Ophthalmologist

Ophthalmologists or eye specialists, are physicians who diagnose and treat diseases of the eye, including glaucoma and cataracts, as well as vision problems such as near-sightedness, and eye injuries.


Most ophthalmologists practice a combination of medicine and surgery, ranging from lens prescription and standard medical treatment to the most delicate and precise surgical manipulations.

They perform comprehensive examinations of the visual system to determine the nature or extent of ocular disorders, perform, order or interpret the results of diagnostic or clinical tests, and document or evaluate patients' medical histories.  They can prescribe or administer topical or systemic medications to treat ophthalmic conditions or to manage pain.  They may perform ophthalmic surgeries such as cataract, glaucoma, refractive, corneal, vitro-retinal and eye muscle surgeries.  Laser surgeries can alter, remove, reshape or replace ocular tissue.  After surgery, they provide or direct the provision of postoperative care.  They prescribe ophthalmologic treatments or therapies such as chemotherapy, cryotherapy and low vision therapy and prescribe contact lenses and lenses for eyeglasses. Sometimes they recommend eye exercises.

As a result of a number of recent scientific and technological advances, ophthalmology offers possibilities for diagnostic and therapeutic precision that are unavailable in many other medical and surgical fields. These advances have resulted in the development of a number of subspecialties, and provide the ophthalmologist with a wide range of clinical and research opportunities. Areas of specialisation in this field include corneal problems, glaucoma, neuro-ophthalmology, ophthalmic pathology, paediatric ophthalmology and vitreoretinal diseases.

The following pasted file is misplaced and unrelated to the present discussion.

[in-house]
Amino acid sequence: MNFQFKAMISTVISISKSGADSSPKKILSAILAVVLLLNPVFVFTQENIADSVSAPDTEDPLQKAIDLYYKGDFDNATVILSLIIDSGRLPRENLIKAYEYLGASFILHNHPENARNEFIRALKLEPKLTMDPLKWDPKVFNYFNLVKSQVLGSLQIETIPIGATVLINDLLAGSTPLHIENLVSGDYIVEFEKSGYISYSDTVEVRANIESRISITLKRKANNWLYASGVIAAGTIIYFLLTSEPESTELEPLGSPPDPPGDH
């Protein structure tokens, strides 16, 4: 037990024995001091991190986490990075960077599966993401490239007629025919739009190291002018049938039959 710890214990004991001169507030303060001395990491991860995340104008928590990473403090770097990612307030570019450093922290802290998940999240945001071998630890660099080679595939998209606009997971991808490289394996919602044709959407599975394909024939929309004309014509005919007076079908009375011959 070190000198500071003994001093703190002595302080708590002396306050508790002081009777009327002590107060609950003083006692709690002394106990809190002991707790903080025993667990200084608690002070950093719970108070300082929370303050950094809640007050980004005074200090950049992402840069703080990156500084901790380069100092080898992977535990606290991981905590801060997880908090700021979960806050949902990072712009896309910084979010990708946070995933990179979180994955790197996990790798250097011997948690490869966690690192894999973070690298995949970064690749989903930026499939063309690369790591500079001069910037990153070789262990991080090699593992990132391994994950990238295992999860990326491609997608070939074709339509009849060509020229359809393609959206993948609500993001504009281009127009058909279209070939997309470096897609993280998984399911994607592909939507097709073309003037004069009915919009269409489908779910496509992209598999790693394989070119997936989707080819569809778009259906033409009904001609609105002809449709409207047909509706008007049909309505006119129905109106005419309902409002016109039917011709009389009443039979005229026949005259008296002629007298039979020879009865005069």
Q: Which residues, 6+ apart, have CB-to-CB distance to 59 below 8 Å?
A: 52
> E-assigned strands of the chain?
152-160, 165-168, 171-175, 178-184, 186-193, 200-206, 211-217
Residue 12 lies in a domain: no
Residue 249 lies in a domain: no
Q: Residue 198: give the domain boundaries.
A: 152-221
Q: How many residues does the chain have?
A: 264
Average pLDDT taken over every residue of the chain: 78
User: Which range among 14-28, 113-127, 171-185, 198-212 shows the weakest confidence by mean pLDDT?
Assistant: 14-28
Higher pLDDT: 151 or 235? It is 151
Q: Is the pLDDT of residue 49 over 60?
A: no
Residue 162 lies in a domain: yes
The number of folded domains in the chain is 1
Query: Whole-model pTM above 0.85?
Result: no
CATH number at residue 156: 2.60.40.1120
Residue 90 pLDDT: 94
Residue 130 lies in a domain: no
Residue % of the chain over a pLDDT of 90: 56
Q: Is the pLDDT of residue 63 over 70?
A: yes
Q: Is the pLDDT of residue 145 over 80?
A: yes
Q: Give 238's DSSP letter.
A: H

Optometrists and family doctors often refer patients with serious eye conditions to ophthalmologists. Because of their extensive training, ophthalmologists can often link eye problems to other disorders because of the fact that many systemic diseases, such as brain tumours, diabetes and multiple sclerosis have ocular manifestations, that is, symptoms that can be detected in the eye.

Ophthalmologists use a variety of instruments, including ophthalmoscopes, which enable them to see the inner part of the eye. Because the eye is so small, ophthalmologists usually operate with the aid of microscopes and magnifying lenses to enable them to do their work with great precision.

Most ophthalmologists work in private practice, in their offices and in operating rooms. Emergencies are rare, so ophthalmologists work more regular hours than general medical practitioners. Ophthalmologists are required to keep abreast of new developments in their field so they often have to spend time studying, doing research and attending seminars.


Employment


  • schools of optometry at universities

  • general and private hospitals

  • eye clinics

  • private practice


Getting Started


  • do volunteer or part-time work at local hospitals

  • complete a first aid course

  • read as much as possible about diseases of the eye


Programmes

Sefako Makgatho Health Sciences University, University of Pretoria, University of Stellenbosch, University of the Free State


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